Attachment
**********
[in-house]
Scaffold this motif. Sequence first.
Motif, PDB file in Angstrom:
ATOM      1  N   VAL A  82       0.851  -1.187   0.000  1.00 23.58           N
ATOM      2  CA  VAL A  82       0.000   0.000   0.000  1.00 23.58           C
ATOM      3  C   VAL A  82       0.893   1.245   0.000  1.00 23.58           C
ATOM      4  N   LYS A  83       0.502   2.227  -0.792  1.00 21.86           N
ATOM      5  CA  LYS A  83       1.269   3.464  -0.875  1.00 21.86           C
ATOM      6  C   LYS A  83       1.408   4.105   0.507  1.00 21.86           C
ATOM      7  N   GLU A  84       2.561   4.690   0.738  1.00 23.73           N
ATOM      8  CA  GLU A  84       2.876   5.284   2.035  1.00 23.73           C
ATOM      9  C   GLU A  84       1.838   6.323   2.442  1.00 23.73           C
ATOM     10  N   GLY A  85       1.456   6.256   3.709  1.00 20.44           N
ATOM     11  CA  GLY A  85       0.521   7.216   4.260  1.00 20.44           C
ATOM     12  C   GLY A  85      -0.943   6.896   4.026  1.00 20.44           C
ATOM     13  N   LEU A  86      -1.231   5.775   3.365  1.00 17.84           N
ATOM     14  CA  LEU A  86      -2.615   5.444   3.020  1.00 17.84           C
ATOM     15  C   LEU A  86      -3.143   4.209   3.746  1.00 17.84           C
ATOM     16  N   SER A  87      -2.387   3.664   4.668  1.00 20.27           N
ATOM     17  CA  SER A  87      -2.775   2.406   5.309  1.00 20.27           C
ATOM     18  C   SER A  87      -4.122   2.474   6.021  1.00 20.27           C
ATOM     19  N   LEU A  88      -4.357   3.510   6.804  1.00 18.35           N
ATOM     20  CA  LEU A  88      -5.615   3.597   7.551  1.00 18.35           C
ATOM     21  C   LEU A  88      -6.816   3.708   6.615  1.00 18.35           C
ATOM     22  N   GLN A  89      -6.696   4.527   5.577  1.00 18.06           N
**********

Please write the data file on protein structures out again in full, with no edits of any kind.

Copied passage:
[in-house]
Scaffold this motif. Sequence first.
Motif, PDB file in Angstrom:
ATOM      1  N   VAL A  82       0.851  -1.187   0.000  1.00 23.58           N
ATOM      2  CA  VAL A  82       0.000   0.000   0.000  1.00 23.58           C
ATOM      3  C   VAL A  82       0.893   1.245   0.000  1.00 23.58           C
ATOM      4  N   LYS A  83       0.502   2.227  -0.792  1.00 21.86           N
ATOM      5  CA  LYS A  83       1.269   3.464  -0.875  1.00 21.86           C
ATOM      6  C   LYS A  83       1.408   4.105   0.507  1.00 21.86           C
ATOM      7  N   GLU A  84       2.561   4.690   0.738  1.00 23.73           N
ATOM      8  CA  GLU A  84       2.876   5.284   2.035  1.00 23.73           C
ATOM      9  C   GLU A  84       1.838   6.323   2.442  1.00 23.73           C
ATOM     10  N   GLY A  85       1.456   6.256   3.709  1.00 20.44           N
ATOM     11  CA  GLY A  85       0.521   7.216   4.260  1.00 20.44           C
ATOM     12  C   GLY A  85      -0.943   6.896   4.026  1.00 20.44           C
ATOM     13  N   LEU A  86      -1.231   5.775   3.365  1.00 17.84           N
ATOM     14  CA  LEU A  86      -2.615   5.444   3.020  1.00 17.84           C
ATOM     15  C   LEU A  86      -3.143   4.209   3.746  1.00 17.84           C
ATOM     16  N   SER A  87      -2.387   3.664   4.668  1.00 20.27           N
ATOM     17  CA  SER A  87      -2.775   2.406   5.309  1.00 20.27           C
ATOM     18  C   SER A  87      -4.122   2.474   6.021  1.00 20.27           C
ATOM     19  N   LEU A  88      -4.357   3.510   6.804  1.00 18.35           N
ATOM     20  CA  LEU A  88      -5.615   3.597   7.551  1.00 18.35           C
ATOM     21  C   LEU A  88      -6.816   3.708   6.615  1.00 18.35           C
ATOM     22  N   GLN A  89      -6.696   4.527   5.577  1.00 18.06           N